Songs, clean and brightly lit
Ever have one of those days, or weeks, or months, where the grim experience of living inside your head feels like you’re the South Park character Mr. Hankey stuck doing the Australian crawl through a rancid tub of gumbo?
There are different methods to deal with said crescendos of awfulness. One school would recommend that the person transiting such a miserable existence immerse himself in music of an uncomfortably cathartic nature—obscenely loud minor-chord metal with a de rigueur “cookie monster” vocalist ranting about troubles seen and unseen, or Thunderbird-marinated blues singers mush-moufing the usual reverse platitudes about “being done wrong” and such, over the most shopworn of 12-bar-blues progressions.
The converse method, one I tend to favor, involves finding music so sunny and captivating that merely immersing your spirit in its beautiful brightness will wash any skanky brain gumbo out of your ears like a cascade of bracingly cool mountain spring water, even if the effect is only temporary.
Which I didn’t know I was doing last Friday night when I walked into Fools Foundation for a show by two San Francisco acts, the Finches and the Mantles.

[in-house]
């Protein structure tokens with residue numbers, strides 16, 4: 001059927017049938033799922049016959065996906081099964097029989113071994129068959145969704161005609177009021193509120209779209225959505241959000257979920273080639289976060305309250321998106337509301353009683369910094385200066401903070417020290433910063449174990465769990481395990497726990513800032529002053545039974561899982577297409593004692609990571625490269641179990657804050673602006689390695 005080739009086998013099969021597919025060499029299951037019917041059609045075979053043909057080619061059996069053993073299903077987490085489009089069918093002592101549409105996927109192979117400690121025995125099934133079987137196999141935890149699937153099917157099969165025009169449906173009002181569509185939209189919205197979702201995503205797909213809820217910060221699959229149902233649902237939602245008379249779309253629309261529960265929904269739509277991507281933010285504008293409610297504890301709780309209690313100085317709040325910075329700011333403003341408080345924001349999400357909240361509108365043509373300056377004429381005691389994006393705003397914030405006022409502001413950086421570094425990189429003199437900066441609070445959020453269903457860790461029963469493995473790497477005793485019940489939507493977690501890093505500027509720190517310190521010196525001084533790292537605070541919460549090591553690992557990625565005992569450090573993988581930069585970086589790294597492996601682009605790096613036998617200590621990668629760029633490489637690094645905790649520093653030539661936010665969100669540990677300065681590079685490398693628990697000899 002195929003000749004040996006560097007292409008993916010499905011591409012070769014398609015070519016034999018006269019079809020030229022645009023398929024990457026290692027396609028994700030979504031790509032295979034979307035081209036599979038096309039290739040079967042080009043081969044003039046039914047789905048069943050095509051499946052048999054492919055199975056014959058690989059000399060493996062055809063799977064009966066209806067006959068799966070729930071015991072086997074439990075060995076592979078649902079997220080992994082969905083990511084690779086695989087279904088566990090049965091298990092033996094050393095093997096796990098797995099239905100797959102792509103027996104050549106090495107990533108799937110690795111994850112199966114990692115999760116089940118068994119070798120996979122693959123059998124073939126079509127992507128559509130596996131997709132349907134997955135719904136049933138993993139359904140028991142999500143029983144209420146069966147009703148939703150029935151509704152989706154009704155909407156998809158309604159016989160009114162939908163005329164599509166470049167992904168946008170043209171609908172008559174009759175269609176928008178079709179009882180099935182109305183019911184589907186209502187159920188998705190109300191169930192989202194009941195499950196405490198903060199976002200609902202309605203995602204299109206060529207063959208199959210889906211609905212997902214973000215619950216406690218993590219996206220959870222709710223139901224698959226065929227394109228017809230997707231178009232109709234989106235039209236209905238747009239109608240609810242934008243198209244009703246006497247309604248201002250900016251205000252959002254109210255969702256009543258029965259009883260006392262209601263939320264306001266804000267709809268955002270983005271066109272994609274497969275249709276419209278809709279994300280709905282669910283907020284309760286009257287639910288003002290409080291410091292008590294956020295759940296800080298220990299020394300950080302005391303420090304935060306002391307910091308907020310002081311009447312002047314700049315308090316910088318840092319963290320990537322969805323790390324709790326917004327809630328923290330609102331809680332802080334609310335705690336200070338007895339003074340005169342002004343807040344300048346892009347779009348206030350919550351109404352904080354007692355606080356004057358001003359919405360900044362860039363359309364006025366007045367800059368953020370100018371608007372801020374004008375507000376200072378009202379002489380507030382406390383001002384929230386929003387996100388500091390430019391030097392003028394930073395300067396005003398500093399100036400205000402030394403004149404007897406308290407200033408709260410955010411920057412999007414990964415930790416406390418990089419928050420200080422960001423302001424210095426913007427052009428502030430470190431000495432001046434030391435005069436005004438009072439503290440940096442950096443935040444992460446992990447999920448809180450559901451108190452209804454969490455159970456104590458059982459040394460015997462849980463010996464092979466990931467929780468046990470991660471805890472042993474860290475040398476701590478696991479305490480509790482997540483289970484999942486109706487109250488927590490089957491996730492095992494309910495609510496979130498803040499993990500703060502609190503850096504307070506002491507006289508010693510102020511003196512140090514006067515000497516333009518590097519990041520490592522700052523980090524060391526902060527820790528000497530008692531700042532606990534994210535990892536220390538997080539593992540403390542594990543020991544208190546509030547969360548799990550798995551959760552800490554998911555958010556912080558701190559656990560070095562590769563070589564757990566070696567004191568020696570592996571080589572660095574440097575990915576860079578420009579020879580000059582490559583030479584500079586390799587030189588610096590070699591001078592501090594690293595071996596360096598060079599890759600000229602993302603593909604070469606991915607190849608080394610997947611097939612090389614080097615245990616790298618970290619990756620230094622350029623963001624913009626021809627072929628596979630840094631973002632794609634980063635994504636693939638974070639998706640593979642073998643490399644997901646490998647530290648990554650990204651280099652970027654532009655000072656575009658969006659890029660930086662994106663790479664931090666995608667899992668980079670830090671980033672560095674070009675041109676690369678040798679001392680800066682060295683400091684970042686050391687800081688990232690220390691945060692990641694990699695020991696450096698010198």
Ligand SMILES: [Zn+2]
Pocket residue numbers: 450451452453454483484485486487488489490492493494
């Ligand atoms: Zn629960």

Now, I don’t hit Fools that often. Part of that may be that I’ve been off the Midtown grid for a while; it doesn’t occur to me to rein my trusty steed in that direction for a night of fine music. And the other part may be the vibe—it’s almost as if Fools is an extension of the old loft behind Time Tested Books, with a chronically whip-smart crowd that doesn’t seem to suffer old San Joaquin County hillbillies like yours truly with the warm and welcoming embrace of a church social. It’s the kind of environment that tends to make me feel like Jack Webb’s Joe Friday character marching into a room full of paintbrush-licking hippies.
I felt like I was manning a stakeout for Blue Boy once again—at least until the Finches started playing. Singer Carolyn Pennypacker Riggs had her mom, dad and uncle sitting in front of me for the first set. She played a Takamine acoustic with a cutaway, and Aaron Victor Morgan accompanied her on a Martin acoustic. Their music didn’t ring with virtuoso folk-music maneuvers, but it was utterly elegant and captivating. There was something quite modern about the way Riggs’ melodies combined with her lyric observations, kind of like Brian Eno revisiting the Carter Family’s Appalachian plainsong, although there was nothing really Appalachian about it; it was more like hearing an Edward Hopper version of classic Americana images.
I could rave all over Riggs’ songs and their picturesque imagery and the feathery way she sang them, but suffice it to say that it was enough to motivate me to pick up the duo’s new CD, Human Like a House, and an earlier EP. It was later discovered that they contain some superb bicycle-riding music that delivers the same exquisite, albeit temporary, escape that the live show did. To use a word favored by the person who recommended the show, the Finches were stellar.
The Mantles, a bass-guitar-drums combo whose set was bookended by demurely wonderful sets by the Finches, had a great look and connected with atavistic yowyow closer to psych than folk.